From a Parkersburg newspaper, May 6, 1893: “You Are Invited. Gusty Fries has provided a place long needed. By hard work and at great expense he has fitted up grounds beautifully located below the city, that is just the thing for public or private picnic parties, dances, excursions, etc. He has the park ready, better and bigger than ever and he will be there tomorrow and will be glad to welcome and entertain any of his friends who care to visit his inviting place. There is no prettier, cooler, or better place for a private or public outing.”
The appeal was a family operation where people could relax by picnicking and enjoying square dances and round dances like the polka and schottische in the park's dance pavilion. Fresh crabs were brought in by train from Baltimore, and beer was provided by the Hebrank & Rapp Lager Beer Brewery, the first brewery in the Mid-Ohio Valley. (Louis Hebrank was Fries’s father-in-law, as he had married Hebrank's daughter, Katherine, in 1890.)
Amenities, events, and scandal
The park contained a dance hall, a concession stand where visitors could buy sandwiches and drinks, and a bowling alley, where visitors played duckpins or skittles, using wooden balls. Some exciting stag events, such as beer and crab parties were staged there in the park's early days. Other activities included professional boxing matches, which led to the park’s greatest tragedy.
On June 29, 1899, a boxing match was held at the park between Kid Wanko and Felix Carr. Weighing in at 151 pounds, it was a twenty-round contest, "for points only". In the fifth round, Carr received a blow to the side of the head and fell to the canvas; the fight was over. Though he was able to stand and receive condolences from his opponent, he soon collapsed again. He died the next morning; Kid Wanko was charged with murder. Following an autopsy, it was determined that Carr had several health problems that contributed to his death. The charges against Kid Wanko were dropped.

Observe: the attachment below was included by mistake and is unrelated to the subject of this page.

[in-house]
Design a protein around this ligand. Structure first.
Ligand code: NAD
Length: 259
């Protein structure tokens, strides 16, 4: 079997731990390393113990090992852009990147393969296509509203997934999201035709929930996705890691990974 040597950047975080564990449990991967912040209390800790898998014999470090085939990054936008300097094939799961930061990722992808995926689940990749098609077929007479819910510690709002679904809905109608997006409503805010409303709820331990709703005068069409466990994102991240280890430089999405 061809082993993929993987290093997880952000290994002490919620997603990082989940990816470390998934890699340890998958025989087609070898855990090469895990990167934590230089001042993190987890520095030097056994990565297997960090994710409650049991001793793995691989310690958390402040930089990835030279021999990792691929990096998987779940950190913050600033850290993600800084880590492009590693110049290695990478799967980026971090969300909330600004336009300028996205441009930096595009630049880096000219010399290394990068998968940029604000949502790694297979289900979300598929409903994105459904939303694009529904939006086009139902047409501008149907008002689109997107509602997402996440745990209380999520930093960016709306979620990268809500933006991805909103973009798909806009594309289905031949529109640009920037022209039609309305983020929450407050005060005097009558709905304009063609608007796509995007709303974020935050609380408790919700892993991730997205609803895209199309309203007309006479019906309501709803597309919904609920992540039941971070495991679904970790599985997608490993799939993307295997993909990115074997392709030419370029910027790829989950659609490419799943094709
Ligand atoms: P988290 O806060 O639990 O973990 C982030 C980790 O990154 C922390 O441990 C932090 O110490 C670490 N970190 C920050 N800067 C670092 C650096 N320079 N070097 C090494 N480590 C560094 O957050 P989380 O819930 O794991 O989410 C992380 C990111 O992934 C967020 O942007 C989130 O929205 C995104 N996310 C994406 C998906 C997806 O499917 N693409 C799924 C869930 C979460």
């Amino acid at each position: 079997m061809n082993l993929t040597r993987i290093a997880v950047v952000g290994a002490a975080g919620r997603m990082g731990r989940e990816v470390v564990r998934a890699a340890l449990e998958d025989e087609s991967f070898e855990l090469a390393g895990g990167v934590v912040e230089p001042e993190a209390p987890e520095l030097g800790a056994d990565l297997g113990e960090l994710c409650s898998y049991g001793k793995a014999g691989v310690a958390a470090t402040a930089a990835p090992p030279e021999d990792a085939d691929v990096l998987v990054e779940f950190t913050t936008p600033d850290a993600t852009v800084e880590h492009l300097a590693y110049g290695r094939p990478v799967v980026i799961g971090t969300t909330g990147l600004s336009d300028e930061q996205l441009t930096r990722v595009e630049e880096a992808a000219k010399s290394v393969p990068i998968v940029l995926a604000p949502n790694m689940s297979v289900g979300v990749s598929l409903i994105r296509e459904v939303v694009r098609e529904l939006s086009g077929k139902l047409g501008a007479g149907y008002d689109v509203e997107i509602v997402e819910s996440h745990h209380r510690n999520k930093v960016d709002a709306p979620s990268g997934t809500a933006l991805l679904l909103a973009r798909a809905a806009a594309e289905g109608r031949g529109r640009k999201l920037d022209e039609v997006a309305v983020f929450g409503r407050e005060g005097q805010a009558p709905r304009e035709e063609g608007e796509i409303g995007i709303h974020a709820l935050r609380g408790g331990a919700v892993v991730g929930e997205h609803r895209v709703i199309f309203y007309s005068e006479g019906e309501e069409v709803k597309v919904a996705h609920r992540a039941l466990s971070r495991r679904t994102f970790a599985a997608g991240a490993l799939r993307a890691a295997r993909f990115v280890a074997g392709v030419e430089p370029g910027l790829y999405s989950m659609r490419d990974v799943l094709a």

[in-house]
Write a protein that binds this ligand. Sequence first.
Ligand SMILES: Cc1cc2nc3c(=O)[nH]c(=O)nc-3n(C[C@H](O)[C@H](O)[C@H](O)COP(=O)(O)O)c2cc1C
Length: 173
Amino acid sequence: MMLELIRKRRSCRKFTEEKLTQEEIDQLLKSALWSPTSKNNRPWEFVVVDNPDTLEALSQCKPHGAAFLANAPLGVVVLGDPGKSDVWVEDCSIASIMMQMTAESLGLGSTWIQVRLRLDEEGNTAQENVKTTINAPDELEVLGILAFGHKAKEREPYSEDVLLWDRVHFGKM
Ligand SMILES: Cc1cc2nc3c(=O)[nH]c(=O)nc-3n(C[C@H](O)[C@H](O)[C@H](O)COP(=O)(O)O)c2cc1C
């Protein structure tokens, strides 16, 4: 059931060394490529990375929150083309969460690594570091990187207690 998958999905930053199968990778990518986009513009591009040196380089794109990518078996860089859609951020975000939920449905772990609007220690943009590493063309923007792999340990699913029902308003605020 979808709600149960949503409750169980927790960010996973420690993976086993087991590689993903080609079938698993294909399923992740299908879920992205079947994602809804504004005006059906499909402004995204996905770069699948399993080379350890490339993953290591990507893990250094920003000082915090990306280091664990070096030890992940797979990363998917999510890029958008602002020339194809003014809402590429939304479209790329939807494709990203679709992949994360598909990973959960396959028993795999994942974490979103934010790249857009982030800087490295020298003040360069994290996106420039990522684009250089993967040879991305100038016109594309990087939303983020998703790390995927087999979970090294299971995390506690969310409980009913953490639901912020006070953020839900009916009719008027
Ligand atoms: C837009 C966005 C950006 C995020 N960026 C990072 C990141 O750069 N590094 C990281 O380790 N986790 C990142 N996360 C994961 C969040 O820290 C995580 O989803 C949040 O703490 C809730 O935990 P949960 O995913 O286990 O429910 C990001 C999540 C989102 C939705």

Fries Park prospered until increasing use of the automobile made the public more mobile and longing for new sights. The appeal of small local picnic parks decreased, making Fries Park a less profitable concern.
It closed in 1939, four years before the death of Gusty Fries. The main building at the park, the dance hall, was transformed into a house by Fries’s grandson, Lewis V. Moyers. The house changed hands several times, and was eventually dismantled. The only remains of the park is a now dry cistern and the ruins of a bomb shelter built in 1962 in response to the Cuban Missile Crisis. Its memory has lingered on, however, as one of the area's favorite leisure-time places.
- “History & Preservation”, newsletter of the Wood County Historical and Preservation Society, Vol. 9 No. 2, Apr-May–June 2002
- Parkersburg Sentinel newspaper, May 6, 1893
- Parkersburg Sentinel newspaper, June 30, 1899